Observatory 1.4 with Dark Mode is out

I flipped some switches today and Observatory 1.4 was released to the universe. You might remember that last month macOS was updated, which includes a neat new feature known as Dark Mode.

Dark Mode is now fully supported by Observatory on macOS 10.14 Mojave. It even works on macOS 10.11–10.13, but there it only affects the appearance of the Library window. In the new Appearance preference pick System to follow the system setting, or choose either Dark or Light to override it.

I think Observatory looks pretty good in Dark Mode.

We’ve also packed a bunch of little changes and bug fixes in there. See the release notes for the complete list.


TMO Background Mode Interview

the Mac Observer

The Mac Observer Background Mode podcast just aired an interview with me. John and I talk about my early fascination with astronomy, programming, and of course about Observatory.

TMO Background Mode Interview with macOS Software Developer Sander Berents

Background Mode is published every Monday afternoon at The Mac Observer. Please subscribe to the podcast, or visit the site for its archive of fascinating interviews with Apple developers, tech industry executives, scientists, researchers, artists, authors and journalists.

“Plate Solving in Observatory is AWESOME! And so simple!”

Mike Weasner of Cassiopeia Observatory just published a great review of Observatory. He’s using it now for his Extragalactic Supernova Project, to align and “blink” images, and for his Cassiopeia Observatory reports. Go visit his website to read the full review (part 1, part 2) and to read the many other reviews, reports and history of Cassiopeia Observatory.

A few extra notes:

  1. Observatory uses the standard state restoration mechanism of macOS. In your System Preferences there’s an option “Close windows when quitting an app”. Uncheck it, and Observatory will automatically reopen the last libraries upon launch. If you have “Ask to keep changes when closing documents” unchecked, it will even reopen libraries you didn’t save yet.

  2. Not being able to apply adjustments to stacks is indeed a current limitation in Observatory and something we want to change in a future update. However, you don’t need to export/import a stack image for adding adjustments. Just take a snapshot of the stack by choosing Image ▸ New ▸ Master. That will create an exact copy of the stack’s current state, and you can apply adjustments to it.

  3. SkySafari typically launches with your current time, and if the object you are viewing in Observatory is not currently visible, selecting Image ▸ Show Sky Chart will display an area in the blue sky or below the horizon. In SkySafari’s Horizon panel, disable “Show Daylight” and set “Show Horizon & Sky as Transparent With Line”. That will solve this issue.

Thank you Mike for the review!

Observatory 1.3.1

We’ve just released Observatory 1.3.1 on the Mac App Store, an update focused on bug fixes.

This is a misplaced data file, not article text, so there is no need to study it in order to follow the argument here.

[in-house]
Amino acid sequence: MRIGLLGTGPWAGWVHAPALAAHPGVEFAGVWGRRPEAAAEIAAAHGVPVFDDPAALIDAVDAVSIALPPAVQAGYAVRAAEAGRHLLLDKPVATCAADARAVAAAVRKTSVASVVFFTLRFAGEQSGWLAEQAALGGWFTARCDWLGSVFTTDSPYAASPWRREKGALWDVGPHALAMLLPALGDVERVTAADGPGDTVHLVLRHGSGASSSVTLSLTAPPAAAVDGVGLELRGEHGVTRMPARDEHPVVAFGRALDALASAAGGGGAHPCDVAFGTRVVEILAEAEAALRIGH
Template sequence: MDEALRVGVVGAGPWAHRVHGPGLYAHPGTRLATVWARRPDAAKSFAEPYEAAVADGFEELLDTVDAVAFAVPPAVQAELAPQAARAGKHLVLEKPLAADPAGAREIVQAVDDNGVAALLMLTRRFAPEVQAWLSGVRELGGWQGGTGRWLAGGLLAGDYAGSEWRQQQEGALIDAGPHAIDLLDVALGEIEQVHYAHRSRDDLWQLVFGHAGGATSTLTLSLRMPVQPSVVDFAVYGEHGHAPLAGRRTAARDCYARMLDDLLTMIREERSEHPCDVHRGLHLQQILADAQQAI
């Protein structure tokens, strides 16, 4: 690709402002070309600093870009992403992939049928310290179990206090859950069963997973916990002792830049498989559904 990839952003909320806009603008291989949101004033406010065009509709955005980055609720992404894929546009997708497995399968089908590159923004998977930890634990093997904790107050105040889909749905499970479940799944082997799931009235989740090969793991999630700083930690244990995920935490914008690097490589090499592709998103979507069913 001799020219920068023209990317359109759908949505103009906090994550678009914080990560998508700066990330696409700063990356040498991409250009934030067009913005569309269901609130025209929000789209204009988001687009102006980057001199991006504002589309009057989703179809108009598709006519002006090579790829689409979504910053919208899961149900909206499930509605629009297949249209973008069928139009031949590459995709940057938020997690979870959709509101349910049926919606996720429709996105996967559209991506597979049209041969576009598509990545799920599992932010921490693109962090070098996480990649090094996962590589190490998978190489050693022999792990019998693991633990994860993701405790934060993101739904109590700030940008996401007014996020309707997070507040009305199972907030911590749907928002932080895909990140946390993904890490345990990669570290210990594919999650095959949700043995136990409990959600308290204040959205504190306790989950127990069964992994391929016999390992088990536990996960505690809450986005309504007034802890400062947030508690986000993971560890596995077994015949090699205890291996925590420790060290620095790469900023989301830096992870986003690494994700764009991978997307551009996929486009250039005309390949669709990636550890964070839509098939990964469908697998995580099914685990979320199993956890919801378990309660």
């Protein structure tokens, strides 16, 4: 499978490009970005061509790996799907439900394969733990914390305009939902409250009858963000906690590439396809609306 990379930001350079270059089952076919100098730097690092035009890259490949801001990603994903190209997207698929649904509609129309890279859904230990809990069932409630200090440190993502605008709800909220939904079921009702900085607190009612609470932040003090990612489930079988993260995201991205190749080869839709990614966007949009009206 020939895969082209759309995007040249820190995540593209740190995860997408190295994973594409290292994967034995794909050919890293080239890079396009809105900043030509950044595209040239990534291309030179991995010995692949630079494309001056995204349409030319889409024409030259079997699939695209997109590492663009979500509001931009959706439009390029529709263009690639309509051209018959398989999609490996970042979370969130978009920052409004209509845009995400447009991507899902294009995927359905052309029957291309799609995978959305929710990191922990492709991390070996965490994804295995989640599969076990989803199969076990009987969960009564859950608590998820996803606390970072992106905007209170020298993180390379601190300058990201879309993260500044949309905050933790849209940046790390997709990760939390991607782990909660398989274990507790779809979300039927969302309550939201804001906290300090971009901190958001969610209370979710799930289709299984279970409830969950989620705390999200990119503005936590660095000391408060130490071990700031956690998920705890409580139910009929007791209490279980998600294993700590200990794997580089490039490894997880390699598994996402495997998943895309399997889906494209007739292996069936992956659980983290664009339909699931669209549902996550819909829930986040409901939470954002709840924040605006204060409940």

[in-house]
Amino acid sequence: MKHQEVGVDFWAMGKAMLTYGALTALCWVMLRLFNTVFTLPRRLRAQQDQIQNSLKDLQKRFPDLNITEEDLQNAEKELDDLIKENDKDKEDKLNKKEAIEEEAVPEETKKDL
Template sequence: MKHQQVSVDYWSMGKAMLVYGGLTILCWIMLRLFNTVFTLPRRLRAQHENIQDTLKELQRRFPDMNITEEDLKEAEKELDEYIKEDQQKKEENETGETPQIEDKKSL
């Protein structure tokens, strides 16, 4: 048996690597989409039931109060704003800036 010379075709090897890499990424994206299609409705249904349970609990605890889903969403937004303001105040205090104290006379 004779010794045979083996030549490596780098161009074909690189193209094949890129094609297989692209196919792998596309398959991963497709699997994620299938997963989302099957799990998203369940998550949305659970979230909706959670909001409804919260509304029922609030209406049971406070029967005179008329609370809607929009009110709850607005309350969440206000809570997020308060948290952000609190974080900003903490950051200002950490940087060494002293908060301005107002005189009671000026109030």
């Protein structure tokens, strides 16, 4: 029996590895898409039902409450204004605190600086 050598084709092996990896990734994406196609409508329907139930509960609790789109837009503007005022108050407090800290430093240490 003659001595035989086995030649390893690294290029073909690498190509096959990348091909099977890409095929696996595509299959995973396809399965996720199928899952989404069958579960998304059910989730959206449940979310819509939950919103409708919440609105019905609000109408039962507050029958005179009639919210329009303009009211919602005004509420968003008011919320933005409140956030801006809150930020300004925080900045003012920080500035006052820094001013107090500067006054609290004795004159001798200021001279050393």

It contains photometry enhancements and resolves a problem with the GCVS labels and tags for a few constellations.

In addition, we’ve added a section in the documentation about expert preferences in Observatory. These are obscure or experimental settings that have no corresponding UI controls in the Preferences window. You set them using the Terminal application (/Applications/Utilities/Terminal).

Release notes here.

Exoplanets, variable stars, SkySafari, and more

M 67 – exoplanets and variable stars

Today we released Observatory 1.3, and we are pretty excited about that. Discover the hidden gems in your images!

Above you see a cropped image of open cluster M 67 that was captured several years ago. We unearthed it when we clicked on the Exoplanets Smart Album in one of our Observatory libraries. Turns out it captured five stars with confirmed planets! Observatory now can display overlays for variable stars and systems with confirmed planets. And of course it tags images with these objects. This is a great opportunity for going back through your old images for photometric measurements.

In addition to the catalog of confirmed exoplanets and variable star catalog GCVS 5.1, Observatory 1.3 also adds catalogs for double stars and planetary nebulae. For images in your libraries that have already been matched, you can add tags for these objects with the “Update Tags” command, accessible by holding down the option () key while opening the Image menu.

Another exciting enhancement in this release is the integration with SkySafari. If you have SkySafari 6.1 or later on your macOS system, you really ought to turn on this feature in Observatory’s General Preferences. It will enable the “Show Sky Chart” command for matched images. Choose it, and Observatory will open SkySafari, point its sky chart to the center location of your image, all while adjusting its field of view. It’s a great way to see what else might be interesting in the image’s neighborhood, and you can also use it to quickly get some background information of the objects in your image.

We also further enhanced Observatory’s photometry feature, and added a “Show Console” command so you can more easily save the measurements. We made the timeout for the blind plate solver configurable, tweaked things here and there and of course fixed a few bugs.

Lastly, we added a reminder to rate Observatory on the Mac App Store. Please rate it or leave a review, regardless the country you live in. It will make Observatory more visible on the Mac App Store, which helps us with sales, and that you see back in the form of enhancements to Observatory.

For more details, please see the release notes.